by Gary Taylor
In the 2010 decision Krummenacher v. City of Minnetonka (our post on the decision can be found here) the Minnesota Supreme Court adopted a restrictive interpretation of “undue hardship” for city boards of adjustment to apply when deciding on variance applications, similar to the interpretation of unnecessary hardship applied by the Iowa courts throughout the years. Unlike Iowa, however, the Minnesota Legislature quickly remedied the situation by passing legislation that put a “practical difficulties” standard into Minnesota state code (Minnesota House File 52 can be found here). Under the new law, practical difficulties means (1) the property owner proposes to use the property in a reasonable manner permitted by the ordinance, (2) the owner’s plight is due to circumstances unique to the property not created by the owner, and (3) the variance will not alter the locality’s essential character. If the variance is granted with conditions, those conditions must be directly related to, and bear a rough proportionality to the impact of the variance.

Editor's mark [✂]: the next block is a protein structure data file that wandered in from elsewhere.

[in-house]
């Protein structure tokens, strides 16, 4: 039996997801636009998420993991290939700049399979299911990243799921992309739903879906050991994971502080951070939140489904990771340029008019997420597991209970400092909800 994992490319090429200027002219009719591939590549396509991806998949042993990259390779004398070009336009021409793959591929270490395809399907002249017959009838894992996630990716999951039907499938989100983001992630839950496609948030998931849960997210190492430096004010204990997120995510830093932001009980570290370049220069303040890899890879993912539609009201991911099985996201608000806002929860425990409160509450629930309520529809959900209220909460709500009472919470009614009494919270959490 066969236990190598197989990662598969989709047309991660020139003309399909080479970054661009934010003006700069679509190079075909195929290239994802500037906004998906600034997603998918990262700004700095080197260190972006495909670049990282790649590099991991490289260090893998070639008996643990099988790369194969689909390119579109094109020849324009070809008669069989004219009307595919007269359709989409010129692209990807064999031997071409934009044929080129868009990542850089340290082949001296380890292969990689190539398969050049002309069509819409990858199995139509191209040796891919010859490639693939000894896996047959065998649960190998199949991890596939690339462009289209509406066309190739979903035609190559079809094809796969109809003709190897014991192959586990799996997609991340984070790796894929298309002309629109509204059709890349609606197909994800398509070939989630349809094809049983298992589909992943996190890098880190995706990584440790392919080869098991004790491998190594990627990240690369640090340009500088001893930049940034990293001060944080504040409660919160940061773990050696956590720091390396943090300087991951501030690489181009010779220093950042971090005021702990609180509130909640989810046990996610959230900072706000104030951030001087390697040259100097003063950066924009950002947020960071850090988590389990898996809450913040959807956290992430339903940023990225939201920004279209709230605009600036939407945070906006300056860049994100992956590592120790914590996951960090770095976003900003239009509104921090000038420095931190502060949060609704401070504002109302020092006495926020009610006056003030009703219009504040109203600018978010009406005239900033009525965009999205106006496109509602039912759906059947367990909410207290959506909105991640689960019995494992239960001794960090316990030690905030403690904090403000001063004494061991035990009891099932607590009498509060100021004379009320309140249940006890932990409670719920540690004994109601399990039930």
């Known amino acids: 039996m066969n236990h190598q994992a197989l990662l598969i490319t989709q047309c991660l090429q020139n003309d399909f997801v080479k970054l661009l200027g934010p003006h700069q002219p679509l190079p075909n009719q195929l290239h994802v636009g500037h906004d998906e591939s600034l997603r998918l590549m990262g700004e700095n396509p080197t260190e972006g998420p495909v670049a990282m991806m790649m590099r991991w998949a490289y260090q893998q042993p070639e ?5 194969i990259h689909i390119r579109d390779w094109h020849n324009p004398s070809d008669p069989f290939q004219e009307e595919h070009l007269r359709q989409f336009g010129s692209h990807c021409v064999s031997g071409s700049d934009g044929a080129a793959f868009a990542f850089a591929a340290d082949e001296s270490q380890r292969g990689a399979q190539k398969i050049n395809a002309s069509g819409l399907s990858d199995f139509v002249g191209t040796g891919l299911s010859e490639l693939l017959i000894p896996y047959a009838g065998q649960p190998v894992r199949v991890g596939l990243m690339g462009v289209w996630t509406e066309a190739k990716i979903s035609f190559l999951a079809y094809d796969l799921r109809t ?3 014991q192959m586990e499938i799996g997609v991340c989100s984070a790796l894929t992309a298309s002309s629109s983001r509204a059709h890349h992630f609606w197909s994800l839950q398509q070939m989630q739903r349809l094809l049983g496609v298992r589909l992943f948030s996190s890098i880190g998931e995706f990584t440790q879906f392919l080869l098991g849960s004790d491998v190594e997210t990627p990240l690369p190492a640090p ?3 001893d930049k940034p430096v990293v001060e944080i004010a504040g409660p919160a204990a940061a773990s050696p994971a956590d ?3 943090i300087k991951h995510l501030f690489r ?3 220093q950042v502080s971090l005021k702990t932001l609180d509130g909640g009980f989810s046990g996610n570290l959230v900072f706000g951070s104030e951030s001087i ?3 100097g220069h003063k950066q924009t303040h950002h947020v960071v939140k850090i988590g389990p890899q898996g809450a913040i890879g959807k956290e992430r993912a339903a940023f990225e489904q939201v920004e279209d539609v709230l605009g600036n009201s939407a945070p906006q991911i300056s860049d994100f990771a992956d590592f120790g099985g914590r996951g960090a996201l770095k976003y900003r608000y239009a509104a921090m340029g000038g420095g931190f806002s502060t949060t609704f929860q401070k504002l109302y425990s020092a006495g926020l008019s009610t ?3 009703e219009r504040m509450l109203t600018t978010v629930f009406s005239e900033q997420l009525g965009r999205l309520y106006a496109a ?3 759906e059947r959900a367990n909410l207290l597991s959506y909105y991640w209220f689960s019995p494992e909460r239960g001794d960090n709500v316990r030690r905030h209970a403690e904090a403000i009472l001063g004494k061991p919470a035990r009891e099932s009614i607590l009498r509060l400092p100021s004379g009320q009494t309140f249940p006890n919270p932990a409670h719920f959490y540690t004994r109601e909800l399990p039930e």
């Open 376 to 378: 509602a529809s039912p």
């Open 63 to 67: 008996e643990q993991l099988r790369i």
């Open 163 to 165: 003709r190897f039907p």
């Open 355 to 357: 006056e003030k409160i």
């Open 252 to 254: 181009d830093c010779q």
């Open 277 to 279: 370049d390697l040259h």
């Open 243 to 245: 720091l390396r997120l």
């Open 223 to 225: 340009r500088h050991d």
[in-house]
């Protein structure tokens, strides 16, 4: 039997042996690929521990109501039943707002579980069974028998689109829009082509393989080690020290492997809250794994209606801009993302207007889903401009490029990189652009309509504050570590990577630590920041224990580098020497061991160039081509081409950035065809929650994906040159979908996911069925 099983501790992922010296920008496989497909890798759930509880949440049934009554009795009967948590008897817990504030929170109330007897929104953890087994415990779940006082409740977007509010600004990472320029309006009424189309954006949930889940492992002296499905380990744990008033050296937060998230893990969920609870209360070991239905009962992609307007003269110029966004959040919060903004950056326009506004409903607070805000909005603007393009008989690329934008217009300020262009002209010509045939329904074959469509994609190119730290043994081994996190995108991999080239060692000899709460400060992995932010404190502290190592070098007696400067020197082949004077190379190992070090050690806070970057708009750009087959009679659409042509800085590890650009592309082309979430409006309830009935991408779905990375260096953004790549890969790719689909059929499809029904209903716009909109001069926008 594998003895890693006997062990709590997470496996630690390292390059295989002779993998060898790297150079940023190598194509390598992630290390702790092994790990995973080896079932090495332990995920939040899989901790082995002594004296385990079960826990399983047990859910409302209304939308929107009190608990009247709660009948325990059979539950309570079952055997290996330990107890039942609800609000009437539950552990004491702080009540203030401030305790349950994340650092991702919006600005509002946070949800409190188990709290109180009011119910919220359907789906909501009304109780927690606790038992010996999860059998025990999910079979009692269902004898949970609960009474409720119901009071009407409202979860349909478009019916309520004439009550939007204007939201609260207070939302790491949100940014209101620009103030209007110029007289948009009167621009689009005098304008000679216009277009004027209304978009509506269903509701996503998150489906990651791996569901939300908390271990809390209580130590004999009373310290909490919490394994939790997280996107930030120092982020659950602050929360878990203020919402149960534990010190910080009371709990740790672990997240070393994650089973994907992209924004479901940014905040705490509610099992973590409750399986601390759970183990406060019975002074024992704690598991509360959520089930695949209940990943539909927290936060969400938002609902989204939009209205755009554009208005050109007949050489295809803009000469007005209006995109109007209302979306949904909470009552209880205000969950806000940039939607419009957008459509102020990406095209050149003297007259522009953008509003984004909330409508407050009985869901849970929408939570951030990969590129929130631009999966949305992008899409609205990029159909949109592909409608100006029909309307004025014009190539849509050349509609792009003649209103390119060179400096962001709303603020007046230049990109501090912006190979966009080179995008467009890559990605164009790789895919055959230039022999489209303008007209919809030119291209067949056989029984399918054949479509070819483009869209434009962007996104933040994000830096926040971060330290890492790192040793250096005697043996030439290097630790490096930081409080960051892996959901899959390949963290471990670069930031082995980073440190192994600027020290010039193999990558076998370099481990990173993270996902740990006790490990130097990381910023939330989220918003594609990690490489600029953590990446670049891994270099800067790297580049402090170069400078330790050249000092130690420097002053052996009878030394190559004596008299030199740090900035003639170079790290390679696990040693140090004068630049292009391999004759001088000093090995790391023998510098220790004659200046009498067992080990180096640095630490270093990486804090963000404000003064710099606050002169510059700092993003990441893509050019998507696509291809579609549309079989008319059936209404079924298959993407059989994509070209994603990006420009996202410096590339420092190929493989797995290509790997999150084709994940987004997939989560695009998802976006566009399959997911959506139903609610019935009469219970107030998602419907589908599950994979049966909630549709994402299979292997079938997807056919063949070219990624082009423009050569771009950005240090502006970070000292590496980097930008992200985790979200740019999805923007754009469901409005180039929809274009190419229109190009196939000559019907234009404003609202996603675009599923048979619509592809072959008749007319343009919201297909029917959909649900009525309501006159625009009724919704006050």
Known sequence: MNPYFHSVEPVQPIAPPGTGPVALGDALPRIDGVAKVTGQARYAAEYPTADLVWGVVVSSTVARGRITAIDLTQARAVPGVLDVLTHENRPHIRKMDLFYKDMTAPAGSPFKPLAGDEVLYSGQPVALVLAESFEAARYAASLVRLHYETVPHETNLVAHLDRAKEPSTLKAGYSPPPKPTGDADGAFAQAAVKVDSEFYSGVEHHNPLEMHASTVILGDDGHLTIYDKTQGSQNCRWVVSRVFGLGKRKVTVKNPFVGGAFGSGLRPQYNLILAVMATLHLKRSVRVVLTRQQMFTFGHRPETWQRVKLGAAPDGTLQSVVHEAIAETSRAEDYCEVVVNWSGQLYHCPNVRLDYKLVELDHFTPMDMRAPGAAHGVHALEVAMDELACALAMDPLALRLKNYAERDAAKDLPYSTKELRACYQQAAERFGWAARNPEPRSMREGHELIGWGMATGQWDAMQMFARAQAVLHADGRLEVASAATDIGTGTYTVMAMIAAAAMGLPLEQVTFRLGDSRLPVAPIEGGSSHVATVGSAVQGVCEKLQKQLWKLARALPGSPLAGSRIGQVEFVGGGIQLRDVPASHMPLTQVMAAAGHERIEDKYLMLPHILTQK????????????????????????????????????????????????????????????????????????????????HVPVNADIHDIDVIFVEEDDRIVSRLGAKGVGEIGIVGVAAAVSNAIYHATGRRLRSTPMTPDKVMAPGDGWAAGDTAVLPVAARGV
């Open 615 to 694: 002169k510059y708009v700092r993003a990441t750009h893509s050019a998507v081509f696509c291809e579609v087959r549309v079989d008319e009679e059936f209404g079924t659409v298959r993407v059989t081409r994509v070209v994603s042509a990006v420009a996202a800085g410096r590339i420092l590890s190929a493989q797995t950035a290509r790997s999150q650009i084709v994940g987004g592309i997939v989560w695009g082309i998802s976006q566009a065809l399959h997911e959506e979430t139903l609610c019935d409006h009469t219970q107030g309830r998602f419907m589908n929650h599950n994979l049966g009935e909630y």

The difference between “undue hardship” as applied by the court, and “practical difficulties” as passed by the legislature, is the absence of the requirement that the landowner show the property cannot be put to a reasonable use but for the variance. Again, this is nearly identical to the challenge facing landowners and boards of adjustment in Iowa. There was a bill introduced in the last Iowa legislative session to put “practical difficulties” in the Iowa Code, but it did not make it out of committee.
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